Hygienist:  The amount of plaque you have is quite dreadful!  You were here just four months ago.
Me:  I know!  Believe me, I have excellent dental hygiene practices; my body just produces a lot of plaque.

Hygienist:  This is so dreadful; I don't know how you will be able to cope.
Me:  I think I am doing okay.

Hygienist:  I am so sorry that you are having to live your life this way.
Me:  Well it is better than having Ebola, I guess.

Hygienist:  I cannot imagine anything more tragic.
Me:  I think you need to work on your imaginative capabilities, in that case.


My Dream:  Find a dental hygienist who does her job and says "Good Day" when she begins, and "Good Bye Now" when she finishes, and nothing more.







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Playing World of Warcraft on a Treadmill

I had a pretty simple workout routine.  The treadmill in my bedroom faces the television.  I put on stereo headphones and watch a  pre-recorded television program.  While I am watching television, the treadmill makes me run up and down simulated hills for half an hour at the equivalent pace of a 15 minute mile.  About the time the television program is over, my workout is over.  I did not notice I was working out.   I lost a lot of weight doing this every day this past year.

Then three weeks ago, the treadmill broke.  This was not expected.  I was thrown off my schedule.  I had to get things organized to have the old one removed, and now I am working on getting a new one installed.  In the meantime, I've been using the treadmill at a health club.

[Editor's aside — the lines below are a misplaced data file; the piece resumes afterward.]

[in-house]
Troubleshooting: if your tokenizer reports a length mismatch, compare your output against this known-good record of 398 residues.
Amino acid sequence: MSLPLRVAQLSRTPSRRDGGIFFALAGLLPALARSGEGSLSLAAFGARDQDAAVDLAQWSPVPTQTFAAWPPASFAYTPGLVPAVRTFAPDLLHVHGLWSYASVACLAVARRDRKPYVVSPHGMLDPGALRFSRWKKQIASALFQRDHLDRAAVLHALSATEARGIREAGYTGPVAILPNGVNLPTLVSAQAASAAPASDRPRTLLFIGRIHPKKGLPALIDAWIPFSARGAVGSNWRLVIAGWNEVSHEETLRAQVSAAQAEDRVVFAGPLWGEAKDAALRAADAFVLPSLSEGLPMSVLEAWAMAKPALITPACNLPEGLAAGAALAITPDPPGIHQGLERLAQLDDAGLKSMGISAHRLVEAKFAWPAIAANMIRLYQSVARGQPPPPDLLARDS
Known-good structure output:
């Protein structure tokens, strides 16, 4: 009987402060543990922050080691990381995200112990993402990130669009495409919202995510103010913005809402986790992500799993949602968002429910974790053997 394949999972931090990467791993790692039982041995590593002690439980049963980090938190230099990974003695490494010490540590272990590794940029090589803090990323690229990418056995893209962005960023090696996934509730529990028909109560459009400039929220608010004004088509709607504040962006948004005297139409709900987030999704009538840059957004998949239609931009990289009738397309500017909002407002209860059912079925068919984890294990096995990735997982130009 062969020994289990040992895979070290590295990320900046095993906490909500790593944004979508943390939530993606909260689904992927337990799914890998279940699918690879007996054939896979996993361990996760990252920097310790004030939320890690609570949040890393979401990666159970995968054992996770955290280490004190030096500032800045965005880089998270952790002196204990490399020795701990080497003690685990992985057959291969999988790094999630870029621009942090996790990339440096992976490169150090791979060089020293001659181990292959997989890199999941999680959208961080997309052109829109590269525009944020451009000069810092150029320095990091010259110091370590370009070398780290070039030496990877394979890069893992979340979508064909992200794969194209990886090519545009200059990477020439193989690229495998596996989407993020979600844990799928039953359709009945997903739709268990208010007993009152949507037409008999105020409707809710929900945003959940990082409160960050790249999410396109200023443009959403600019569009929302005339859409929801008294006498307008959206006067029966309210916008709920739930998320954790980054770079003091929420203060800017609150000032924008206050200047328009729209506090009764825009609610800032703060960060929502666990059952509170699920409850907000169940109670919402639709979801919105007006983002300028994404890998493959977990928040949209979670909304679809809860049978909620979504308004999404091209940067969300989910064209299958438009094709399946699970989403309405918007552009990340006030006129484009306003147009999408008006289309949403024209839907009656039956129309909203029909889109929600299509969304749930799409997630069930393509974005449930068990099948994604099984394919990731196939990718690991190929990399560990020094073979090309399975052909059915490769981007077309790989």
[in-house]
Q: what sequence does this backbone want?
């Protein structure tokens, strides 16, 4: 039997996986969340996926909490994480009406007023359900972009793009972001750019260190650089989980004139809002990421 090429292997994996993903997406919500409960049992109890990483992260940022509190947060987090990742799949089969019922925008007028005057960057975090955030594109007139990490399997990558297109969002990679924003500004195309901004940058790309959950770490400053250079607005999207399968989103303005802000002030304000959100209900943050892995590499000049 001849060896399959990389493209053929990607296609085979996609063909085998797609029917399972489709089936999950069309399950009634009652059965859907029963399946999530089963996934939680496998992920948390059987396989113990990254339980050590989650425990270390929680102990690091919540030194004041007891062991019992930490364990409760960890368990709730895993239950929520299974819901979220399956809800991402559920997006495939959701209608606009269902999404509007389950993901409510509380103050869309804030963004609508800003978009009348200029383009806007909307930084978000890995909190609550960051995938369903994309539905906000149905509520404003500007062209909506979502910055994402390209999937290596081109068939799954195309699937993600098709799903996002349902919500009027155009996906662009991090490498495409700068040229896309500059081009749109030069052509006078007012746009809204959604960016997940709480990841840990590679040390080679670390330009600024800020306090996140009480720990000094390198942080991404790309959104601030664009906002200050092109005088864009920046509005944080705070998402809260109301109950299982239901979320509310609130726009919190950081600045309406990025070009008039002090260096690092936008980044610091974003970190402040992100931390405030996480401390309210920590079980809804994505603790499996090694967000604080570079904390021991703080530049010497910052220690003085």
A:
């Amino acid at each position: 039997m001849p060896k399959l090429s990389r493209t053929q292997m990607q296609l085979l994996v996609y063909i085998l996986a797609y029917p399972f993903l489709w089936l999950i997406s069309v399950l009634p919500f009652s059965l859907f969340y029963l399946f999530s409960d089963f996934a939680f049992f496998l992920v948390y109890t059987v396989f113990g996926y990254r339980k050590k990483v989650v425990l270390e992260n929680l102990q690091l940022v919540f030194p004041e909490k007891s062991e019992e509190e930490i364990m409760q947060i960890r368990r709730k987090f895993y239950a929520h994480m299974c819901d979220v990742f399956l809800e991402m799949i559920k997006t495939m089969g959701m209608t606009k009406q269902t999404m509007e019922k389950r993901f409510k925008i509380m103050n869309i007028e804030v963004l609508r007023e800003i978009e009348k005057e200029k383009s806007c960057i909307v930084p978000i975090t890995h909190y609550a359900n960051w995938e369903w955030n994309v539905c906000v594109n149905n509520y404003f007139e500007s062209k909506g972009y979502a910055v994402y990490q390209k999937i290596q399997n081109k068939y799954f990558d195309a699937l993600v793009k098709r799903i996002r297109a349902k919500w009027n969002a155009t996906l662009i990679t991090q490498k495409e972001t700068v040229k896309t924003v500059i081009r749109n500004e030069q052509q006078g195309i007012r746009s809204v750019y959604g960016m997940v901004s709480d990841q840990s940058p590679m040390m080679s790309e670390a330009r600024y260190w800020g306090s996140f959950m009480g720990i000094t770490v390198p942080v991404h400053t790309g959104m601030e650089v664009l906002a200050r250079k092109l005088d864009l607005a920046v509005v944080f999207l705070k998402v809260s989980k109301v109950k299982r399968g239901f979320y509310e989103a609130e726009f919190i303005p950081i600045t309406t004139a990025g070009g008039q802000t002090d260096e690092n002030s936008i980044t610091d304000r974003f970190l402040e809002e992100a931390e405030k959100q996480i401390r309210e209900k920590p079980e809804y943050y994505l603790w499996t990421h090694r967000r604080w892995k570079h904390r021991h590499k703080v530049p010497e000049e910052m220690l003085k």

I hate going to the health club.  It requires getting dressed, driving eight miles round trip, and walking through a room with lots of beautiful people.  Then, I arrive in the humongous industrial factory where I am faced with row after row after row of treadmills and elliptical machines (most occupied with a beautiful person).  It always seems that  the people next to me are running four minute miles up hills. (That's right, almost four times faster than me.) It is intimidating.  I can overcome the intimidation, but then, in front of me is a tiny television with a football game on it, or worse yet, Fox News.  There's no sound.  There are no headphones.  It is extremely dull.